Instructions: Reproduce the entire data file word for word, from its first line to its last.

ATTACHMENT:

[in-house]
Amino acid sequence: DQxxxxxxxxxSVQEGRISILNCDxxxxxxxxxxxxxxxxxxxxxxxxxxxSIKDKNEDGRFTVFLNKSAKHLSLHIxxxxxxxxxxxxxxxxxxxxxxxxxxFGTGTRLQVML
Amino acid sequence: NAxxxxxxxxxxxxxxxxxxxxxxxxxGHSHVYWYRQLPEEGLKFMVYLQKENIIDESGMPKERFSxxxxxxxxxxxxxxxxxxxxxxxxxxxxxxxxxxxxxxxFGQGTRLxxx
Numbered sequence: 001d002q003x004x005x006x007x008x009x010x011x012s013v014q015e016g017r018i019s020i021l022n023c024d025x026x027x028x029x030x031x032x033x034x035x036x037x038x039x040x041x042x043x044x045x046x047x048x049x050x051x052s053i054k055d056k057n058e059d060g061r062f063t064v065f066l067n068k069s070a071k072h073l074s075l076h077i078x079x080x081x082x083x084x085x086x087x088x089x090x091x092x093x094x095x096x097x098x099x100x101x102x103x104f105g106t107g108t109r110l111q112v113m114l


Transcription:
[in-house]
Amino acid sequence: DQxxxxxxxxxSVQEGRISILNCDxxxxxxxxxxxxxxxxxxxxxxxxxxxSIKDKNEDGRFTVFLNKSAKHLSLHIxxxxxxxxxxxxxxxxxxxxxxxxxxFGTGTRLQVML
Amino acid sequence: NAxxxxxxxxxxxxxxxxxxxxxxxxxGHSHVYWYRQLPEEGLKFMVYLQKENIIDESGMPKERFSxxxxxxxxxxxxxxxxxxxxxxxxxxxxxxxxxxxxxxxFGQGTRLxxx
Numbered sequence: 001d002q003x004x005x006x007x008x009x010x011x012s013v014q015e016g017r018i019s020i021l022n023c024d025x026x027x028x029x030x031x032x033x034x035x036x037x038x039x040x041x042x043x044x045x046x047x048x049x050x051x052s053i054k055d056k057n058e059d060g061r062f063t064v065f066l067n068k069s070a071k072h073l074s075l076h077i078x079x080x081x082x083x084x085x086x087x088x089x090x091x092x093x094x095x096x097x098x099x100x101x102x103x104f105g106t107g108t109r110l111q112v113m114l